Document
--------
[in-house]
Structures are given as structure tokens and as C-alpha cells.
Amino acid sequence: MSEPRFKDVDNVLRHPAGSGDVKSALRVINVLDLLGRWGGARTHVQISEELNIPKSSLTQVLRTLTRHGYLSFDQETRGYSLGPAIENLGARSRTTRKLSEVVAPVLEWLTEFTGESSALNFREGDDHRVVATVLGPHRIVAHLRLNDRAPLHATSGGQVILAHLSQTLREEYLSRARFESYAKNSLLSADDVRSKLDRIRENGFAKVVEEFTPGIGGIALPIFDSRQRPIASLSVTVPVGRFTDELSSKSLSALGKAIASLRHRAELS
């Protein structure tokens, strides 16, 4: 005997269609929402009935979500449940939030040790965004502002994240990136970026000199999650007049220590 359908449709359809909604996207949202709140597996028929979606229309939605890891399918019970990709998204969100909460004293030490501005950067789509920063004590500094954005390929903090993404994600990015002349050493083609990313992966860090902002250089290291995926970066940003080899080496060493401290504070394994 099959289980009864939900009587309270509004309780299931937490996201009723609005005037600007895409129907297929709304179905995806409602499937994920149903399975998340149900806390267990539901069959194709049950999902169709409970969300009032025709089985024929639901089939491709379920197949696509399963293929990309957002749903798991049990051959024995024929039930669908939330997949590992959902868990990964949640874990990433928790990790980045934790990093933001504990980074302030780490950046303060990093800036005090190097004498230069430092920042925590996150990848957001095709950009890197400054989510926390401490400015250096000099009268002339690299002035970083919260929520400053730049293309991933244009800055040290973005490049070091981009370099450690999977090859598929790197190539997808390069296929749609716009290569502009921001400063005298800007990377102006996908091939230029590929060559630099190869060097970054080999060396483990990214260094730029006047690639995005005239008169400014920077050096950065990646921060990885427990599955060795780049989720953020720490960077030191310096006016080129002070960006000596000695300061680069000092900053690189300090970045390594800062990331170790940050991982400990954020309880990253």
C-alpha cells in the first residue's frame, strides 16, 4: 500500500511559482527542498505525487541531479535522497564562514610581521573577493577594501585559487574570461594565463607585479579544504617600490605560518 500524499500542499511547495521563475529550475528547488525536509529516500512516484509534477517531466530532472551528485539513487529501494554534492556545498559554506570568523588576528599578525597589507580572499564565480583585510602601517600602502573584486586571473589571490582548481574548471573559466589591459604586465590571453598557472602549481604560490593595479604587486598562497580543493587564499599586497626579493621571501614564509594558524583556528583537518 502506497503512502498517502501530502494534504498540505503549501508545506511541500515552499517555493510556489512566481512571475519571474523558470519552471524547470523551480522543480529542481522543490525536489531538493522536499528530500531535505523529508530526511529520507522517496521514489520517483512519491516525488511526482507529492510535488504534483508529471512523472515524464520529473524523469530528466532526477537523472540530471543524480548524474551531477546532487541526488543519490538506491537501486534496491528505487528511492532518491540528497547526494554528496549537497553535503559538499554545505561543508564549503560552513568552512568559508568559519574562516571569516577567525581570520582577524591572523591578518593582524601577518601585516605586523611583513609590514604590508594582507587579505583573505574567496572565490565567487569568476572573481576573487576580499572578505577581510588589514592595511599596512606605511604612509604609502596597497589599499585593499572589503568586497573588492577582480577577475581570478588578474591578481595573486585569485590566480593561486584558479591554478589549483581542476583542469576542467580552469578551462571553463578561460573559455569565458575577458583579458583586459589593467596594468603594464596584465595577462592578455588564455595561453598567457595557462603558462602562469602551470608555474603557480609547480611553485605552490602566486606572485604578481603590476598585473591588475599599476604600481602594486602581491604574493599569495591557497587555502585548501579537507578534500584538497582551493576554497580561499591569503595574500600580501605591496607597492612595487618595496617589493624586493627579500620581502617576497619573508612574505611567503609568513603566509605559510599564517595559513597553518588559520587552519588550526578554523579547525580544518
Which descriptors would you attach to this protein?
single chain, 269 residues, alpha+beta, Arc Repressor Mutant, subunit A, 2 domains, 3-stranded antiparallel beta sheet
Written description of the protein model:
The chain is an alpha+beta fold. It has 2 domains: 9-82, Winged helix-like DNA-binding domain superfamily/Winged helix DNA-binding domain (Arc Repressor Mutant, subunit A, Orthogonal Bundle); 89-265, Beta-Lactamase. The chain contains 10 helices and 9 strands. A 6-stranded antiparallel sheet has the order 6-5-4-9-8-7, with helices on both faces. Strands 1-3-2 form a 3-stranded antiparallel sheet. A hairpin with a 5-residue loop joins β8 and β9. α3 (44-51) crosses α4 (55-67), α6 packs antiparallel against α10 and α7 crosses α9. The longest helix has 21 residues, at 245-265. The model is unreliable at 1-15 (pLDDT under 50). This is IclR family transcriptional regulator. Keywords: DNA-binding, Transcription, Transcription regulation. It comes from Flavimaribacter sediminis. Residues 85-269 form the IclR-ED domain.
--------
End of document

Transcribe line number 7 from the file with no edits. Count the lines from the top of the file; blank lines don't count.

single chain, 269 residues, alpha+beta, Arc Repressor Mutant, subunit A, 2 domains, 3-stranded antiparallel beta sheet